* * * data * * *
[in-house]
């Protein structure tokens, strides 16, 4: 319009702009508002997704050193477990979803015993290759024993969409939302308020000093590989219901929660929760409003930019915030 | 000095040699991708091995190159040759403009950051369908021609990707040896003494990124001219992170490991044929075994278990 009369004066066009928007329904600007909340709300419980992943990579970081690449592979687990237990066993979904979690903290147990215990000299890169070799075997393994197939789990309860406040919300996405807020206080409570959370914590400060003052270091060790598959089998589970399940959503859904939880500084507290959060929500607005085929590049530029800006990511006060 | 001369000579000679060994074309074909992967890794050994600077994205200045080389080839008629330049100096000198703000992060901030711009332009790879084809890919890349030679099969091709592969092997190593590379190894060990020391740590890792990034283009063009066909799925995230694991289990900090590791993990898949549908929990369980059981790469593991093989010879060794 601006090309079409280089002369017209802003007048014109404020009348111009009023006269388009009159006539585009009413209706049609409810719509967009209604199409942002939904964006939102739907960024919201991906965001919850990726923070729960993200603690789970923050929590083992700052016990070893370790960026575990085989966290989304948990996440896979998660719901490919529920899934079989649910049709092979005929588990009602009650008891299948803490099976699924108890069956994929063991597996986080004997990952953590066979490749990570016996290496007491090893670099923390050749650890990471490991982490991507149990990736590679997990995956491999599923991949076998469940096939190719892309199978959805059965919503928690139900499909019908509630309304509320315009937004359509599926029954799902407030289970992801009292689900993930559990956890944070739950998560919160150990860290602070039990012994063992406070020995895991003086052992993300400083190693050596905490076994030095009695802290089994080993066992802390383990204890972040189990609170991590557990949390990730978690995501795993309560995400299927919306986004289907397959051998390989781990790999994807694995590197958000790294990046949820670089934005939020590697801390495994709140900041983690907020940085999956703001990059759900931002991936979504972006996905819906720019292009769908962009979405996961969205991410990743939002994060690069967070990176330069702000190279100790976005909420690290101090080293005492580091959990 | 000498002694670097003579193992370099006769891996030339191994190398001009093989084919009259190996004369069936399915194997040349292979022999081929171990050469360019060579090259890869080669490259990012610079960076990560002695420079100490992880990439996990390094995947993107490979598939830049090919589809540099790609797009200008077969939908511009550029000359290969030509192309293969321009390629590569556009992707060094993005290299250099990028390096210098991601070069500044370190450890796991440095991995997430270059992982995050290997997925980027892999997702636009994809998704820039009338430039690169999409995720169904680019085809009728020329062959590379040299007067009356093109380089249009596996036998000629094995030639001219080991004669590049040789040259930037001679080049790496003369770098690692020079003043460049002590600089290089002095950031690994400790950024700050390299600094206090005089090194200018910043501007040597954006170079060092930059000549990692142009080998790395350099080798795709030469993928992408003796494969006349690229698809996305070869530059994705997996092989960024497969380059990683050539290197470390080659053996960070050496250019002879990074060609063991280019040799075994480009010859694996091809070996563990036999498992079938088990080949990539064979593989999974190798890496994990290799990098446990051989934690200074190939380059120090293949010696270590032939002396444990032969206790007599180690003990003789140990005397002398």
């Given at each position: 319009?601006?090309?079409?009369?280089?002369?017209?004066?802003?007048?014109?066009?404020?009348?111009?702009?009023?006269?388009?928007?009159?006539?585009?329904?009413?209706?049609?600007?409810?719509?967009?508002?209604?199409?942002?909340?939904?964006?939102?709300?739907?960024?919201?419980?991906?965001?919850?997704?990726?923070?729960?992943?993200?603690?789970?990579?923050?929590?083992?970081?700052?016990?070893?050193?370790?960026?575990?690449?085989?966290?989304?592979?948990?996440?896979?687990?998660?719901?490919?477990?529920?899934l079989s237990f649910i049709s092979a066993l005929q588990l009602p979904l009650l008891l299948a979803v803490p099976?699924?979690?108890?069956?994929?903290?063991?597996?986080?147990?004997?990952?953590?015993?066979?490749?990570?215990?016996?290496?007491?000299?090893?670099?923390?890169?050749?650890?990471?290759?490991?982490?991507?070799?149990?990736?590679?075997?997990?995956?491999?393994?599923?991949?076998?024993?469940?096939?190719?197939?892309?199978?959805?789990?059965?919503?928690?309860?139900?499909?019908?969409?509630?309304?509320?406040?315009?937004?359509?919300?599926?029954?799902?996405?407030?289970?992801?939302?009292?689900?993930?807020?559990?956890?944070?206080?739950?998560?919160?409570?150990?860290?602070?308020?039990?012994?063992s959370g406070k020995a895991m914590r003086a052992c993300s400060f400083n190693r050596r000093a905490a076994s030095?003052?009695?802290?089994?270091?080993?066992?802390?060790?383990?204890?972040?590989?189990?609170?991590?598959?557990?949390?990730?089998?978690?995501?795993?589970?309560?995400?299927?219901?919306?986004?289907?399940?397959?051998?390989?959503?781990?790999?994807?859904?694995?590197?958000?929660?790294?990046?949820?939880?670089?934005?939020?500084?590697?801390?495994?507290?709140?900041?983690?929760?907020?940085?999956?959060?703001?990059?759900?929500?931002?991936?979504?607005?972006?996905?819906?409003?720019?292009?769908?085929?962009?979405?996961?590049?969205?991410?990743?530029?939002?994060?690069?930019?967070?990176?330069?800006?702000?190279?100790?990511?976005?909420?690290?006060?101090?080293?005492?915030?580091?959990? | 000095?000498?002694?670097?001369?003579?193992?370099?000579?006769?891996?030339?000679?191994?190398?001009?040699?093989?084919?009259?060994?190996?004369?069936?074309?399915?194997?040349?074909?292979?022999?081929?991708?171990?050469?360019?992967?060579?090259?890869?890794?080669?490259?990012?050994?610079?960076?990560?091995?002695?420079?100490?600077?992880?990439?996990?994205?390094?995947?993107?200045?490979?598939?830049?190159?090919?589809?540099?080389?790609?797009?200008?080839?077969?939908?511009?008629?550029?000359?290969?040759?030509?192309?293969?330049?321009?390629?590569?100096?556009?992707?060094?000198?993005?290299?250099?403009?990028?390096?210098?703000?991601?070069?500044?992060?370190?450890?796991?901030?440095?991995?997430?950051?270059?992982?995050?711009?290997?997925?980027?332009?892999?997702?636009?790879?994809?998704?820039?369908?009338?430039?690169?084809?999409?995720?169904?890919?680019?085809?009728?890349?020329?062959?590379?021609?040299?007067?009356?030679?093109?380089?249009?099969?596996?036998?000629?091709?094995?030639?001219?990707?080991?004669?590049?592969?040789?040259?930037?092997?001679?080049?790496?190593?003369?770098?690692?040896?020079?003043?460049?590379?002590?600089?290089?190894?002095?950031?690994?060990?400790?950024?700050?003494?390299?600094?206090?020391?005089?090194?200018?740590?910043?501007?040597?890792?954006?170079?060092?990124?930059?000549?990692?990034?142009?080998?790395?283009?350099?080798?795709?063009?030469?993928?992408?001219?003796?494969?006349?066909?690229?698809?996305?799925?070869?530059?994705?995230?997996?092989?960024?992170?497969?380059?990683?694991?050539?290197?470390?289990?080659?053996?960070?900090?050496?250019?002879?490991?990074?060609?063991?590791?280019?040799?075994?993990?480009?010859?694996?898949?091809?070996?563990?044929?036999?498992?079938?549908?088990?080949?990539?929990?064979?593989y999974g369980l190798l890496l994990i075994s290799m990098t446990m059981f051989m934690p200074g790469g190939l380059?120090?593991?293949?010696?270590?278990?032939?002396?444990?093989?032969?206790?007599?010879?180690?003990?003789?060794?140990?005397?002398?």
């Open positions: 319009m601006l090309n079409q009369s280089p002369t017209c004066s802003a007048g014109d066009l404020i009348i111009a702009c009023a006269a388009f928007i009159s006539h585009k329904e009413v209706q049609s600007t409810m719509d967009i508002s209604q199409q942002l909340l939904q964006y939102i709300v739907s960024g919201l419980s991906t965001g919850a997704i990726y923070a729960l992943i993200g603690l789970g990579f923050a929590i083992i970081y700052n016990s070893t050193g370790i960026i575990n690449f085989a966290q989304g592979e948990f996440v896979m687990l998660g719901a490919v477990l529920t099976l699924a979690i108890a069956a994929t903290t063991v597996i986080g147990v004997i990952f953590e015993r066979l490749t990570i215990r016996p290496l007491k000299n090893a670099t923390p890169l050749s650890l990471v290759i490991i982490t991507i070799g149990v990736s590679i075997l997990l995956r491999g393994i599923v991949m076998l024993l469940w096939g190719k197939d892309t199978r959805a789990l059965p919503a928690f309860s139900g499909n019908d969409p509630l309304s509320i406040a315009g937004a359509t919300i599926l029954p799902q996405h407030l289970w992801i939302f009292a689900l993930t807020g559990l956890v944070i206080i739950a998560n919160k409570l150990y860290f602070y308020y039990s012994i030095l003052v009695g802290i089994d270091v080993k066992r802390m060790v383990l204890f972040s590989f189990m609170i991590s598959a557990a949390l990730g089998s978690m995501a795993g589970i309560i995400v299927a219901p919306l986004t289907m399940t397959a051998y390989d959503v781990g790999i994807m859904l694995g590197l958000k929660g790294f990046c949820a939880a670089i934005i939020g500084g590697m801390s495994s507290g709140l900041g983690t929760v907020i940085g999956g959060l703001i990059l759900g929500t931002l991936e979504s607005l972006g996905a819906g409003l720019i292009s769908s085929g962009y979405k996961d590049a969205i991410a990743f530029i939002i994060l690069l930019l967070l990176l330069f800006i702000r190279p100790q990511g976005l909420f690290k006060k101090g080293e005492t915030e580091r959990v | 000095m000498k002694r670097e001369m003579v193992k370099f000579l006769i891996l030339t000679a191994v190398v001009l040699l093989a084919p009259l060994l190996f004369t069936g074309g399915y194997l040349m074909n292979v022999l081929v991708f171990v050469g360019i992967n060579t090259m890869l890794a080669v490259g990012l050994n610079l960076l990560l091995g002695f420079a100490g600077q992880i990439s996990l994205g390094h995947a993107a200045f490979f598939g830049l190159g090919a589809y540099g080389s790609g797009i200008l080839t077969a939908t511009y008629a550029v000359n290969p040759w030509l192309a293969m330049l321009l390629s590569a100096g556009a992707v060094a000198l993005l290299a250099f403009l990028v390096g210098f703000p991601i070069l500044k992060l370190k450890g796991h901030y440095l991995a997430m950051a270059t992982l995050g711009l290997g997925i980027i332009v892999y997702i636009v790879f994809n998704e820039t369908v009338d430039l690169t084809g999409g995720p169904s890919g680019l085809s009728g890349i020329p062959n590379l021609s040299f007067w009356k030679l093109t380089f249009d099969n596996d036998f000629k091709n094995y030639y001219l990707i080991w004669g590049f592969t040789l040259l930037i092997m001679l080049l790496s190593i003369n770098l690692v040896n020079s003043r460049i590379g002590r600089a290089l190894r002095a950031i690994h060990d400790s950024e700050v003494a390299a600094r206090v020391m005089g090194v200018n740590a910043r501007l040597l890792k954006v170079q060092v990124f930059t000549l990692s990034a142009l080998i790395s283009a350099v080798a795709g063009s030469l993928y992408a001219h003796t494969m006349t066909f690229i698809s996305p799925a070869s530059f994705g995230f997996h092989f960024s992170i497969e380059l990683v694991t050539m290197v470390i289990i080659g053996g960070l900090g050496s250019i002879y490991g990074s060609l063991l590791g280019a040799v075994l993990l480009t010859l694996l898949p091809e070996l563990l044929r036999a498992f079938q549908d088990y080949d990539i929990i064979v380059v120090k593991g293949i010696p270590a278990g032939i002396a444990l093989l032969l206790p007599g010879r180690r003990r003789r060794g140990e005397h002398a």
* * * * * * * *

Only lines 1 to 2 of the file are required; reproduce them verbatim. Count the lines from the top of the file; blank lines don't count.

[in-house]
């Protein structure tokens, strides 16, 4: 319009702009508002997704050193477990979803015993290759024993969409939302308020000093590989219901929660929760409003930019915030 | 000095040699991708091995190159040759403009950051369908021609990707040896003494990124001219992170490991044929075994278990 009369004066066009928007329904600007909340709300419980992943990579970081690449592979687990237990066993979904979690903290147990215990000299890169070799075997393994197939789990309860406040919300996405807020206080409570959370914590400060003052270091060790598959089998589970399940959503859904939880500084507290959060929500607005085929590049530029800006990511006060 | 001369000579000679060994074309074909992967890794050994600077994205200045080389080839008629330049100096000198703000992060901030711009332009790879084809890919890349030679099969091709592969092997190593590379190894060990020391740590890792990034283009063009066909799925995230694991289990900090590791993990898949549908929990369980059981790469593991093989010879060794 601006090309079409280089002369017209802003007048014109404020009348111009009023006269388009009159006539585009009413209706049609409810719509967009209604199409942002939904964006939102739907960024919201991906965001919850990726923070729960993200603690789970923050929590083992700052016990070893370790960026575990085989966290989304948990996440896979998660719901490919529920899934079989649910049709092979005929588990009602009650008891299948803490099976699924108890069956994929063991597996986080004997990952953590066979490749990570016996290496007491090893670099923390050749650890990471490991982490991507149990990736590679997990995956491999599923991949076998469940096939190719892309199978959805059965919503928690139900499909019908509630309304509320315009937004359509599926029954799902407030289970992801009292689900993930559990956890944070739950998560919160150990860290602070039990012994063992406070020995895991003086052992993300400083190693050596905490076994030095009695802290089994080993066992802390383990204890972040189990609170991590557990949390990730978690995501795993309560995400299927919306986004289907397959051998390989781990790999994807694995590197958000790294990046949820670089934005939020590697801390495994709140900041983690907020940085999956703001990059759900931002991936979504972006996905819906720019292009769908962009979405996961969205991410990743939002994060690069967070990176330069702000190279100790976005909420690290101090080293005492580091959990 | 000498002694670097003579193992370099006769891996030339191994190398001009093989084919009259190996004369069936399915194997040349292979022999081929171990050469360019060579090259890869080669490259990012610079960076990560002695420079100490992880990439996990390094995947993107490979598939830049090919589809540099790609797009200008077969939908511009550029000359290969030509192309293969321009390629590569556009992707060094993005290299250099990028390096210098991601070069500044370190450890796991440095991995997430270059992982995050290997997925980027892999997702636009994809998704820039009338430039690169999409995720169904680019085809009728020329062959590379040299007067009356093109380089249009596996036998000629094995030639001219080991004669590049040789040259930037001679080049790496003369770098690692020079003043460049002590600089290089002095950031690994400790950024700050390299600094206090005089090194200018910043501007040597954006170079060092930059000549990692142009080998790395350099080798795709030469993928992408003796494969006349690229698809996305070869530059994705997996092989960024497969380059990683050539290197470390080659053996960070050496250019002879990074060609063991280019040799075994480009010859694996091809070996563990036999498992079938088990080949990539064979593989999974190798890496994990290799990098446990051989934690200074190939380059120090293949010696270590032939002396444990032969206790007599180690003990003789140990005397002398």